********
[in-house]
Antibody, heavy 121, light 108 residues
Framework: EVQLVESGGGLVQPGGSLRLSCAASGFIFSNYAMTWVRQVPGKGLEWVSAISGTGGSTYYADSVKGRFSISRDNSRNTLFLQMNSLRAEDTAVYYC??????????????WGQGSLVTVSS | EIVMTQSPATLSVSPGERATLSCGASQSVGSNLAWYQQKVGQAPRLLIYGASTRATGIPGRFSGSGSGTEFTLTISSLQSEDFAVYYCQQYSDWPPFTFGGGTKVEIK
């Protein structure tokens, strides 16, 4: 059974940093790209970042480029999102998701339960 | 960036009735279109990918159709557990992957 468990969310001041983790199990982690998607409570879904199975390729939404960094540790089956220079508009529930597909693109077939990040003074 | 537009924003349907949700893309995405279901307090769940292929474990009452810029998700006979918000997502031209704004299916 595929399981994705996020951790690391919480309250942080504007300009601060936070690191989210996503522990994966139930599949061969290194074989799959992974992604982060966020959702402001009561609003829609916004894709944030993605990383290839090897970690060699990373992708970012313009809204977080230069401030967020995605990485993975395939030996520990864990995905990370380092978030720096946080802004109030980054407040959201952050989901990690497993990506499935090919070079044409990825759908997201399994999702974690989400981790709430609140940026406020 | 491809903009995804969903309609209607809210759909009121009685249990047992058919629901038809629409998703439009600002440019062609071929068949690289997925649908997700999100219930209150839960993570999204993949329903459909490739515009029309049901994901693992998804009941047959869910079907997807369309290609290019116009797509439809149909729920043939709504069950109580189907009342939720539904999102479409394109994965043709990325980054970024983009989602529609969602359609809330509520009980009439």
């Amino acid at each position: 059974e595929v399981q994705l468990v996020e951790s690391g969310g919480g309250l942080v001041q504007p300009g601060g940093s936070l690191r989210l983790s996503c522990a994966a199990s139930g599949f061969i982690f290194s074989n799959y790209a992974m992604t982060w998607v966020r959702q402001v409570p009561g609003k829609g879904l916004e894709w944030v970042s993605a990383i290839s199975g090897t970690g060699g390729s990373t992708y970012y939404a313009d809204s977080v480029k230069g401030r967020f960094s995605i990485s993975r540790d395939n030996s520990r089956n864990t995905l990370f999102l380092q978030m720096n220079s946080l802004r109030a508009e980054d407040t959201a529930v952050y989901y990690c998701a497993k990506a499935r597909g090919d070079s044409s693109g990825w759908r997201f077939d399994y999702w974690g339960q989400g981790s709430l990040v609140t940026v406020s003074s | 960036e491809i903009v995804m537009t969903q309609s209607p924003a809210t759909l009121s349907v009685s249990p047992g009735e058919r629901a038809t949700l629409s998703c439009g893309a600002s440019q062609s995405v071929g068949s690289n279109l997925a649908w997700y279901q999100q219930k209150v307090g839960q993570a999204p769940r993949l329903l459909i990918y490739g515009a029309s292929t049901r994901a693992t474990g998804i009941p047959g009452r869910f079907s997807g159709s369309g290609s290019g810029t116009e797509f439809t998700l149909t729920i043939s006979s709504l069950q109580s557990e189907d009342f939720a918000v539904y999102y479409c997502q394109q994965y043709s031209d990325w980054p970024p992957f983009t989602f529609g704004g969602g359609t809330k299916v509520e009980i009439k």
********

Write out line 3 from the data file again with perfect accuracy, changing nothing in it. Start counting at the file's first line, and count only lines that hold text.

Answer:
Framework: EVQLVESGGGLVQPGGSLRLSCAASGFIFSNYAMTWVRQVPGKGLEWVSAISGTGGSTYYADSVKGRFSISRDNSRNTLFLQMNSLRAEDTAVYYC??????????????WGQGSLVTVSS | EIVMTQSPATLSVSPGERATLSCGASQSVGSNLAWYQQKVGQAPRLLIYGASTRATGIPGRFSGSGSGTEFTLTISSLQSEDFAVYYCQQYSDWPPFTFGGGTKVEIK